Members of prolific drug trafficking ring based in Snohomish County sentenced to prison

Three men convicted of multiple federal felonies for distributing fentanyl pills in Snohomish, Skagit and Whatcom counties have been sentenced to lengthy prison terms, announced U.S. Attorney Nick Brown.

Bradley Woolard, 42, of Arlington, was the leader of the drug trafficking ring. He was sentenced Tuesday to 20 years in prison on 28 counts, including conspiracy to distribute controlled substances, conspiracy to commit money laundering, money laundering, illegal gun possession and possessing drugs with the intent to distribute them.

“Mr. Woolard ignored the destruction his drug trafficking caused in our community, instead being driven by the enormous profits he could generate off the addiction and misery of others,” said Brown. “Even after his arrest he tried to impose his will, threatening violence against others in the case and acting as if he is above the law.”

Co-defendants Anthony Pelayo, 34, of Marysville, was sentenced to 15 years in prison and a $150,000 fine; and Jerome Isham, 40, of Everett, was sentenced to 10 years in prison.

All three men were also sentenced to five years of supervised release following their prison terms.

According to testimony and exhibits during trial, the case began in the summer of 2018, when law enforcement officers from the Snohomish Regional Drug and Gang Task Force and the Drug Enforcement Administration obtained search warrants for Woolard’s home.

In July 2018, after obtaining search warrants, law enforcement officers found more than 12,000 fentanyl pills designed to look like 30 mg oxycodone prescription narcotics in Woolard’s home. The pills tested positive for furanyl fentanyl, an analogue of fentanyl and a controlled substance.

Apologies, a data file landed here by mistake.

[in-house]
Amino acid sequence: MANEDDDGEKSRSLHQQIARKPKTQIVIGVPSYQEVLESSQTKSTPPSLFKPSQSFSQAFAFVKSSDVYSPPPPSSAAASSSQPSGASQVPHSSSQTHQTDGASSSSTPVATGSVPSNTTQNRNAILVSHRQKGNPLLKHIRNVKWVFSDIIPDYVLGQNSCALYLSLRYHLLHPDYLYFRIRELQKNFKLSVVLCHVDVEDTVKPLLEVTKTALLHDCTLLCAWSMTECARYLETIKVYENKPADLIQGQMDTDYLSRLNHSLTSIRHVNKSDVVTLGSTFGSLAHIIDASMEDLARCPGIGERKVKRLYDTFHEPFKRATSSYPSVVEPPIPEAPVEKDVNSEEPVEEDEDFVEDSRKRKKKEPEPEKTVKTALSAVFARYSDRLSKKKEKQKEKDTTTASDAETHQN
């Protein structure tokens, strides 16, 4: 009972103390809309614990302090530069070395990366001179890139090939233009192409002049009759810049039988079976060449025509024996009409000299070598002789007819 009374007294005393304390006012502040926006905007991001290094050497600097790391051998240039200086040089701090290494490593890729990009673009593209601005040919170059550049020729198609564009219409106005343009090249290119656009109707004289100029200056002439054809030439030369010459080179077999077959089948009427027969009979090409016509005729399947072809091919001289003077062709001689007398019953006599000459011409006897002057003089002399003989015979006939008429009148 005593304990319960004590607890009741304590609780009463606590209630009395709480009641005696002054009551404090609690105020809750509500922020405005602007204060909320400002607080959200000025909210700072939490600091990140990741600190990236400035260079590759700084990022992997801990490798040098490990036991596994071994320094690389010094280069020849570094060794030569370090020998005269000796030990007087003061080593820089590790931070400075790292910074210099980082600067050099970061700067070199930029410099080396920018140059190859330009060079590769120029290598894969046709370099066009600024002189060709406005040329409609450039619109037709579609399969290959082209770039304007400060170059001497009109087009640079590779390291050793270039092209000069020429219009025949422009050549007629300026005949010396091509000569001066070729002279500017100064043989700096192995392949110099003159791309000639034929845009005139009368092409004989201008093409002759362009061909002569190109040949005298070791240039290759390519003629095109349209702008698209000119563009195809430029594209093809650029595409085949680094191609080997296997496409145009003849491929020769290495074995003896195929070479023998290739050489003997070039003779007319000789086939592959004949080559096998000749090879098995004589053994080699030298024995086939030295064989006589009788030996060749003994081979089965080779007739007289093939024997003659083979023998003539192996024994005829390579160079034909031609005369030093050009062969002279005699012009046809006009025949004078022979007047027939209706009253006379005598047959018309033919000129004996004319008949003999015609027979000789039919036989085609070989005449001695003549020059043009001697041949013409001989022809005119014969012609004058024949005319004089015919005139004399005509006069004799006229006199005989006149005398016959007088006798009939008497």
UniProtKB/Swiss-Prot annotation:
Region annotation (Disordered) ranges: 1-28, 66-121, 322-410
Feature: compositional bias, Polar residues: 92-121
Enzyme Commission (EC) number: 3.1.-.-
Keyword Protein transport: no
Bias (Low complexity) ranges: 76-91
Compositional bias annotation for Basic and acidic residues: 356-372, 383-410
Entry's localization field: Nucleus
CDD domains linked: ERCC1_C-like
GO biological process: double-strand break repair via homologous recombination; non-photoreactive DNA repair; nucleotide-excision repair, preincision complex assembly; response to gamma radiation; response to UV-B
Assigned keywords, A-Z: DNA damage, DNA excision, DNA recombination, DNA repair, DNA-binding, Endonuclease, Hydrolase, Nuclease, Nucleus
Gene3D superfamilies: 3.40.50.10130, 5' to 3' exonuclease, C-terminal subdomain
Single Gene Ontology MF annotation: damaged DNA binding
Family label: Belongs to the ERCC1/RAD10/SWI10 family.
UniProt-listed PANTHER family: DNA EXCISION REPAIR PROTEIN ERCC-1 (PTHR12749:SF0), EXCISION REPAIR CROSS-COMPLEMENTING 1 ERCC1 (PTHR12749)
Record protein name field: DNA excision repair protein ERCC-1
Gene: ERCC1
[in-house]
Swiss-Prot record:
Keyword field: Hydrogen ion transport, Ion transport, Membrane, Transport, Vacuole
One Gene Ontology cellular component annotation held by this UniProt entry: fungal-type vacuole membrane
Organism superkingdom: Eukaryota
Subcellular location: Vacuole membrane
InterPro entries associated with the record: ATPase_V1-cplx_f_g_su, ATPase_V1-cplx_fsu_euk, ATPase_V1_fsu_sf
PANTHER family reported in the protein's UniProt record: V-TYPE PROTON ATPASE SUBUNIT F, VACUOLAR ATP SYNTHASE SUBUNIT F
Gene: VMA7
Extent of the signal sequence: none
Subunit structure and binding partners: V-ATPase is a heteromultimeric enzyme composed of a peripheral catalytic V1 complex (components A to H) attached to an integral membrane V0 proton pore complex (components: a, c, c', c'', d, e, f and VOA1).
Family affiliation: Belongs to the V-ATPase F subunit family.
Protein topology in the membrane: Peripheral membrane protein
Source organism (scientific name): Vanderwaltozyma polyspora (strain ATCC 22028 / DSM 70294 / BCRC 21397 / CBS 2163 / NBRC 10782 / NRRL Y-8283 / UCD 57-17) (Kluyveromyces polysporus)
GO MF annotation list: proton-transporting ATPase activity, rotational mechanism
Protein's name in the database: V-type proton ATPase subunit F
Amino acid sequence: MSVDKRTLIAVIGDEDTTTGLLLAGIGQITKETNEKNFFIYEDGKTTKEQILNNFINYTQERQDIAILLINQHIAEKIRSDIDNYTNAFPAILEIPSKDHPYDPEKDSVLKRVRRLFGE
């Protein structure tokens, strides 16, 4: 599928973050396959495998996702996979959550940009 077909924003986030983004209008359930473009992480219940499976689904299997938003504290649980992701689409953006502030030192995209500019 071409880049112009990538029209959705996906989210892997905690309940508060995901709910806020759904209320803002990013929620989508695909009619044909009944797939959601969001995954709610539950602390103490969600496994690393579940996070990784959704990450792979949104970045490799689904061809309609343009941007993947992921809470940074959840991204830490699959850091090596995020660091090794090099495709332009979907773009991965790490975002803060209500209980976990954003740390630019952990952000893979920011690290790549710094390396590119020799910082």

Over the course of multiple searches, law enforcement seized more than $1 million in cash and gold from Woolard’s five-acre compound, including cash hidden behind drywall, in a hole beneath a dishwasher and in the ceilings of outbuildings.

Investigators also discovered a hidden room containing 29 firearms and several thousand rounds of ammunition.

In 2015 and 2016, Woolard began buying fentanyl and furanyl fentanyl powder from China and taught himself how to make the pills, according to testimony at trial.

Woolard turned the pill press operation over to Pelayo in 2017, who continued manufacturing the pills at a rural compound in Snohomish County.

Jerome Isham was one of the conspiracy’s top distributors, with evidence at trial establishing that he was responsible for redistributing close to 100,000 illegal fentanyl and furanyl fentanyl pills over a one-year period between July 2017 and June 2018.

Woolard continued to help distribute the pills while seeking treatment for his own drug addictions at resorts in Costa Rica and Mexico, which cost him between $30,000 and $50,000 per month, which he paid for with the profits of his illegal operation.

Testimony at trial established that Woolard’s operation was capable of producing more than 2.5 million fentanyl pills, and that he regularly provided thousands of pills to other conspirators for distribution.

A total of 11 defendants were charged in this case and eight pleaded guilty. All but two of the defendants have now been sentenced.